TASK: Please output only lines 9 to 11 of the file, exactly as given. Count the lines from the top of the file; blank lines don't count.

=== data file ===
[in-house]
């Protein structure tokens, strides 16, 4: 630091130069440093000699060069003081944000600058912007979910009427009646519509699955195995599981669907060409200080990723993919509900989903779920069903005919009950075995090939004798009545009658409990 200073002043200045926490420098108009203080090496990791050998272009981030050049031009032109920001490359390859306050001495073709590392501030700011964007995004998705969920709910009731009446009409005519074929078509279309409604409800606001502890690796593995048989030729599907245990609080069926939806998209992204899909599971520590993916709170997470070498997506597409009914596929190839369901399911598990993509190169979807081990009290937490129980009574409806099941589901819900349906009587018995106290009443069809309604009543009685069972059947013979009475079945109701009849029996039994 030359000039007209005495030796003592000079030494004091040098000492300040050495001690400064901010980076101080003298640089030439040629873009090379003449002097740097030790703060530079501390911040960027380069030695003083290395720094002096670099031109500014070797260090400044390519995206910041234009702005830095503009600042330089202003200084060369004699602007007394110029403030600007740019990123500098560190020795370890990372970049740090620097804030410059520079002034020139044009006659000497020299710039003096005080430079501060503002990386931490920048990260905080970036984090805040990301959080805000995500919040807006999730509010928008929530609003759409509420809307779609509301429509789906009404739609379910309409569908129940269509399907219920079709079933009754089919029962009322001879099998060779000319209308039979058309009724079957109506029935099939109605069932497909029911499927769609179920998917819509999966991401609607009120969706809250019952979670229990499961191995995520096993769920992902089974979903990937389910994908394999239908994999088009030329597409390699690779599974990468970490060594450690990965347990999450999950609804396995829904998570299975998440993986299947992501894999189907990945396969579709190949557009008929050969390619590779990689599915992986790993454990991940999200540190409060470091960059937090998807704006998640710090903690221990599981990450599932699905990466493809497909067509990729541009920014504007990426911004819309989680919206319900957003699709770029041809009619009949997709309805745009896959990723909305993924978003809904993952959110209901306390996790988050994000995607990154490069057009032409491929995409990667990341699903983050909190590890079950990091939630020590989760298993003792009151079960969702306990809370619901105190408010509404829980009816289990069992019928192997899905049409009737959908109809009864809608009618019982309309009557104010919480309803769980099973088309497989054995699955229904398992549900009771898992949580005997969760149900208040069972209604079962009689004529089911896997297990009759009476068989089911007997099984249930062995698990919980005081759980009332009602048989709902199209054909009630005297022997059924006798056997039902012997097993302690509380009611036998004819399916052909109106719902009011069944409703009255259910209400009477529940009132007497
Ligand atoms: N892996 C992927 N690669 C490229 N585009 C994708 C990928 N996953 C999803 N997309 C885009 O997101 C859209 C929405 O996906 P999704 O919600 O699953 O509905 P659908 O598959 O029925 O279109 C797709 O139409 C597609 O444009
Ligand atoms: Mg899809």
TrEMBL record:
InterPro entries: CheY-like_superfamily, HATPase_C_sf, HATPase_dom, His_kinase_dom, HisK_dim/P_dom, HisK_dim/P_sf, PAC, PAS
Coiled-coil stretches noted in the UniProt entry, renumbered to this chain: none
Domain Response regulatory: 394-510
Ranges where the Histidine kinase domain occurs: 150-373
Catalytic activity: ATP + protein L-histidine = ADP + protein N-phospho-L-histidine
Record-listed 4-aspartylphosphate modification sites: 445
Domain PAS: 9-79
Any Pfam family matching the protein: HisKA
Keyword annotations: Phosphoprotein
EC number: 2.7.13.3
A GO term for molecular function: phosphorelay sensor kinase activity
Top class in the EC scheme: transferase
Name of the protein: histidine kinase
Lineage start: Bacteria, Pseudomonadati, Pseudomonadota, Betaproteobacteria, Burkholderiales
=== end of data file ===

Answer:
Ranges where the Histidine kinase domain occurs: 150-373
Catalytic activity: ATP + protein L-histidine = ADP + protein N-phospho-L-histidine
Record-listed 4-aspartylphosphate modification sites: 445